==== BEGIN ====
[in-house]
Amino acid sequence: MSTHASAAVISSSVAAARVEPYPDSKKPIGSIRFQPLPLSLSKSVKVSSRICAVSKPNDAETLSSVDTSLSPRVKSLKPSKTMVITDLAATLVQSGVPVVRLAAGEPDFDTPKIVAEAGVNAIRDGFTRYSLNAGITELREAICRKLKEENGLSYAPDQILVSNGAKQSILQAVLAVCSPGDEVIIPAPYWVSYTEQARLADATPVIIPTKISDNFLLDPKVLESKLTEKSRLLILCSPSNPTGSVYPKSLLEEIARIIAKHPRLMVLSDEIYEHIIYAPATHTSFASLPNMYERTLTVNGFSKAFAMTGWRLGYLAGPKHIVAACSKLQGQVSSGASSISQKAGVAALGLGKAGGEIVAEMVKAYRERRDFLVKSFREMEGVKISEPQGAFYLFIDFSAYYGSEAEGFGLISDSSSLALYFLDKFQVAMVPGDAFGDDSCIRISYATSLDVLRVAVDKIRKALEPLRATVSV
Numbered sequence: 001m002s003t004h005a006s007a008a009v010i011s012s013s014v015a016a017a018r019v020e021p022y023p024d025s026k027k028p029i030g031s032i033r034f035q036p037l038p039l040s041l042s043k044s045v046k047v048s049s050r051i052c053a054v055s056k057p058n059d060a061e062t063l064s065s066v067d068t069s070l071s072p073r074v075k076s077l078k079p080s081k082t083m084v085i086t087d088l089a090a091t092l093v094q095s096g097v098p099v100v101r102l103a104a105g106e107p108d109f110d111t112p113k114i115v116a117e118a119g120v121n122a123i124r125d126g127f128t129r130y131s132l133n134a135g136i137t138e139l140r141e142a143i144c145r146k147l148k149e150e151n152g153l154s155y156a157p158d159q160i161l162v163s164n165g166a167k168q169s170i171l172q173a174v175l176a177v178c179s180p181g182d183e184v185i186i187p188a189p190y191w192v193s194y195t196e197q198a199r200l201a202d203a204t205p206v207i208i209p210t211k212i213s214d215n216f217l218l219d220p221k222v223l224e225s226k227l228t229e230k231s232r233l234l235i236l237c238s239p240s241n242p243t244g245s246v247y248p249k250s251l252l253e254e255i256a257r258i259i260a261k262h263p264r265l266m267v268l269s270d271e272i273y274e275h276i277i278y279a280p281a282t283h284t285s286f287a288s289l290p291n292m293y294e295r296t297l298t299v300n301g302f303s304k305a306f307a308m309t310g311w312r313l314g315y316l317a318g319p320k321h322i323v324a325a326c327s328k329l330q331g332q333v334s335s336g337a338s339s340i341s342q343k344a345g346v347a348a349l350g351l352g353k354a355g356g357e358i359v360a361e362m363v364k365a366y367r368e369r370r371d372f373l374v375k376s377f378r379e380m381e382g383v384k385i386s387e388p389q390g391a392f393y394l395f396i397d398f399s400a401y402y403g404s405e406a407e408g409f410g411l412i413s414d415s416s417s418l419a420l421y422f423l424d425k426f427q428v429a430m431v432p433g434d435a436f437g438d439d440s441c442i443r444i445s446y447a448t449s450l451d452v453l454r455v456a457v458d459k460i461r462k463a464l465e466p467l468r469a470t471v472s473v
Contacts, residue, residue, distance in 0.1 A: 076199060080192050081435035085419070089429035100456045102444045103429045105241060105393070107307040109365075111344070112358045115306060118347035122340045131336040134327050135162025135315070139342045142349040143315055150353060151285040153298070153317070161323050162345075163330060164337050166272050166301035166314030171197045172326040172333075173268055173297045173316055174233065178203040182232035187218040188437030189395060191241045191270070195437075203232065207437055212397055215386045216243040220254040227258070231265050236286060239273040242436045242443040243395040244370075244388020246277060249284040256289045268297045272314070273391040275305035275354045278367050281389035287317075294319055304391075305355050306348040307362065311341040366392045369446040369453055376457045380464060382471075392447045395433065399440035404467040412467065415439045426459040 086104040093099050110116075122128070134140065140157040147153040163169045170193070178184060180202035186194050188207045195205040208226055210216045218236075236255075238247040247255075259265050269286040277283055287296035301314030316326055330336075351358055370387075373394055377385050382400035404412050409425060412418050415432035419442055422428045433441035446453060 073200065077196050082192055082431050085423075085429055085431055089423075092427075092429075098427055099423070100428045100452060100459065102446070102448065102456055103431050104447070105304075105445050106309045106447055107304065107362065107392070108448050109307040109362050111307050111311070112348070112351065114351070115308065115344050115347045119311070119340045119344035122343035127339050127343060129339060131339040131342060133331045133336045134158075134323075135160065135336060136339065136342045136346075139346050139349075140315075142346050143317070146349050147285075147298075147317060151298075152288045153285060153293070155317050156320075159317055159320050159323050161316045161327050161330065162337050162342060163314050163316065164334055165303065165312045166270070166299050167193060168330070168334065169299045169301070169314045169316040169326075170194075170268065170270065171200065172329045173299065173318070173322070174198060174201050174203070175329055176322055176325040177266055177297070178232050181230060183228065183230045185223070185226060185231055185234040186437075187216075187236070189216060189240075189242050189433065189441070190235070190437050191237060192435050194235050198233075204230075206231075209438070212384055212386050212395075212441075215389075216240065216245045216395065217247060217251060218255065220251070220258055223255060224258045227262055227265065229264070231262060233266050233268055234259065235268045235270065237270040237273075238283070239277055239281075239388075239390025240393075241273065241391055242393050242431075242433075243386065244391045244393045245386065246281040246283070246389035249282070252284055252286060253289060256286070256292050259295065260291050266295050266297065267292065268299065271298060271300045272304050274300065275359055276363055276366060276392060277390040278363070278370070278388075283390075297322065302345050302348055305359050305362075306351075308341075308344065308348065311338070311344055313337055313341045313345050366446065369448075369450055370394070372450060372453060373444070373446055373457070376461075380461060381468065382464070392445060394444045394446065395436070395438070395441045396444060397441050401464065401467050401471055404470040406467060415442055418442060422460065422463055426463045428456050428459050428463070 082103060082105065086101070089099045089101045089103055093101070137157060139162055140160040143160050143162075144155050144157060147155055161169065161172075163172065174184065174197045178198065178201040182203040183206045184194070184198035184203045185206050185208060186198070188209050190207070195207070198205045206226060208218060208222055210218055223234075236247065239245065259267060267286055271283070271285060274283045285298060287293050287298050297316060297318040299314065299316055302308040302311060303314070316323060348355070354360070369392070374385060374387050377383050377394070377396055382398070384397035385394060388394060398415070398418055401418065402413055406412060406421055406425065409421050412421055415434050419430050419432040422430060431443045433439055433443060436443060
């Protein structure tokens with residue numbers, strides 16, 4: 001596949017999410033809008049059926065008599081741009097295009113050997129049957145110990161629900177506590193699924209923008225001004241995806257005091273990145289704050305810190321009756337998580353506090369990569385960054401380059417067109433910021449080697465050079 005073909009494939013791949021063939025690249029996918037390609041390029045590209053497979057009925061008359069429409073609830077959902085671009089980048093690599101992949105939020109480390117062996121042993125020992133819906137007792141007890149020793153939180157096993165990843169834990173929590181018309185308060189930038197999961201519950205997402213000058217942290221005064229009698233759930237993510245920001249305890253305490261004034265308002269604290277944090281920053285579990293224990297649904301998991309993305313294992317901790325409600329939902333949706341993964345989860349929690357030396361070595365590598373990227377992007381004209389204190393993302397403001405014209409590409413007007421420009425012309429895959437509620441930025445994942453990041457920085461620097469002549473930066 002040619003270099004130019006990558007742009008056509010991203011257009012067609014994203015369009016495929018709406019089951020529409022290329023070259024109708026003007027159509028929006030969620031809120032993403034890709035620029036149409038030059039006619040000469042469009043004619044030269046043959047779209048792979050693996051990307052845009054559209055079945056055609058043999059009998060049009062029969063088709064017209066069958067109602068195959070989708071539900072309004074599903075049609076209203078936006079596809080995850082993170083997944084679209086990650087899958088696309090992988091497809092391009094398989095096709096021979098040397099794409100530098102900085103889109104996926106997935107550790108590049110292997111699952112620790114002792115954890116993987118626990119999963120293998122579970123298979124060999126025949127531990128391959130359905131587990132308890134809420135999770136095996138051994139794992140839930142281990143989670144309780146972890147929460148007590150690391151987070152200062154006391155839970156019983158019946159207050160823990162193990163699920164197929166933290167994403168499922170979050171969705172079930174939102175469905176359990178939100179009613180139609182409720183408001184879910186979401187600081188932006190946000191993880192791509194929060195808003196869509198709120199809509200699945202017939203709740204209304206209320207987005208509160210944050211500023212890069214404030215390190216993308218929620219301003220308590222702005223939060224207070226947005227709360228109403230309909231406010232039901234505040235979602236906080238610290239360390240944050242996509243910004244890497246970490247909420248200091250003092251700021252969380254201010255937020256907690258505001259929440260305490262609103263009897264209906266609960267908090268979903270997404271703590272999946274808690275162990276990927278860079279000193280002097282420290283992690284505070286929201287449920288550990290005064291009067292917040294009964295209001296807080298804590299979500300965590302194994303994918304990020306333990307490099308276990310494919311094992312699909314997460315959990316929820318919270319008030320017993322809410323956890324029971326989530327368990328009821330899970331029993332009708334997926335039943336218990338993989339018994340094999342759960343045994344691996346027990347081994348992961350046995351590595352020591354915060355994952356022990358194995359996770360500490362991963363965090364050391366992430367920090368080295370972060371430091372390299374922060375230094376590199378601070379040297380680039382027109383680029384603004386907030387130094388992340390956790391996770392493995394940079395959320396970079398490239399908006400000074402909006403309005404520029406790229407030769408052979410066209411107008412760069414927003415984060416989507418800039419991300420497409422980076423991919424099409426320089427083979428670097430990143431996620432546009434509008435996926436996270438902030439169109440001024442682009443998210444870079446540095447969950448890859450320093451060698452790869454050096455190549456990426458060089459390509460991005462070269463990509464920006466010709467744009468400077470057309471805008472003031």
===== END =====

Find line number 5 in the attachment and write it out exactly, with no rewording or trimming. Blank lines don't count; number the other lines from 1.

């Protein structure tokens with residue numbers, strides 16, 4: 001596949017999410033809008049059926065008599081741009097295009113050997129049957145110990161629900177506590193699924209923008225001004241995806257005091273990145289704050305810190321009756337998580353506090369990569385960054401380059417067109433910021449080697465050079 005073909009494939013791949021063939025690249029996918037390609041390029045590209053497979057009925061008359069429409073609830077959902085671009089980048093690599101992949105939020109480390117062996121042993125020992133819906137007792141007890149020793153939180157096993165990843169834990173929590181018309185308060189930038197999961201519950205997402213000058217942290221005064229009698233759930237993510245920001249305890253305490261004034265308002269604290277944090281920053285579990293224990297649904301998991309993305313294992317901790325409600329939902333949706341993964345989860349929690357030396361070595365590598373990227377992007381004209389204190393993302397403001405014209409590409413007007421420009425012309429895959437509620441930025445994942453990041457920085461620097469002549473930066 002040619003270099004130019006990558007742009008056509010991203011257009012067609014994203015369009016495929018709406019089951020529409022290329023070259024109708026003007027159509028929006030969620031809120032993403034890709035620029036149409038030059039006619040000469042469009043004619044030269046043959047779209048792979050693996051990307052845009054559209055079945056055609058043999059009998060049009062029969063088709064017209066069958067109602068195959070989708071539900072309004074599903075049609076209203078936006079596809080995850082993170083997944084679209086990650087899958088696309090992988091497809092391009094398989095096709096021979098040397099794409100530098102900085103889109104996926106997935107550790108590049110292997111699952112620790114002792115954890116993987118626990119999963120293998122579970123298979124060999126025949127531990128391959130359905131587990132308890134809420135999770136095996138051994139794992140839930142281990143989670144309780146972890147929460148007590150690391151987070152200062154006391155839970156019983158019946159207050160823990162193990163699920164197929166933290167994403168499922170979050171969705172079930174939102175469905176359990178939100179009613180139609182409720183408001184879910186979401187600081188932006190946000191993880192791509194929060195808003196869509198709120199809509200699945202017939203709740204209304206209320207987005208509160210944050211500023212890069214404030215390190216993308218929620219301003220308590222702005223939060224207070226947005227709360228109403230309909231406010232039901234505040235979602236906080238610290239360390240944050242996509243910004244890497246970490247909420248200091250003092251700021252969380254201010255937020256907690258505001259929440260305490262609103263009897264209906266609960267908090268979903270997404271703590272999946274808690275162990276990927278860079279000193280002097282420290283992690284505070286929201287449920288550990290005064291009067292917040294009964295209001296807080298804590299979500300965590302194994303994918304990020306333990307490099308276990310494919311094992312699909314997460315959990316929820318919270319008030320017993322809410323956890324029971326989530327368990328009821330899970331029993332009708334997926335039943336218990338993989339018994340094999342759960343045994344691996346027990347081994348992961350046995351590595352020591354915060355994952356022990358194995359996770360500490362991963363965090364050391366992430367920090368080295370972060371430091372390299374922060375230094376590199378601070379040297380680039382027109383680029384603004386907030387130094388992340390956790391996770392493995394940079395959320396970079398490239399908006400000074402909006403309005404520029406790229407030769408052979410066209411107008412760069414927003415984060416989507418800039419991300420497409422980076423991919424099409426320089427083979428670097430990143431996620432546009434509008435996926436996270438902030439169109440001024442682009443998210444870079446540095447969950448890859450320093451060698452790869454050096455190549456990426458060089459390509460991005462070269463990509464920006466010709467744009468400077470057309471805008472003031």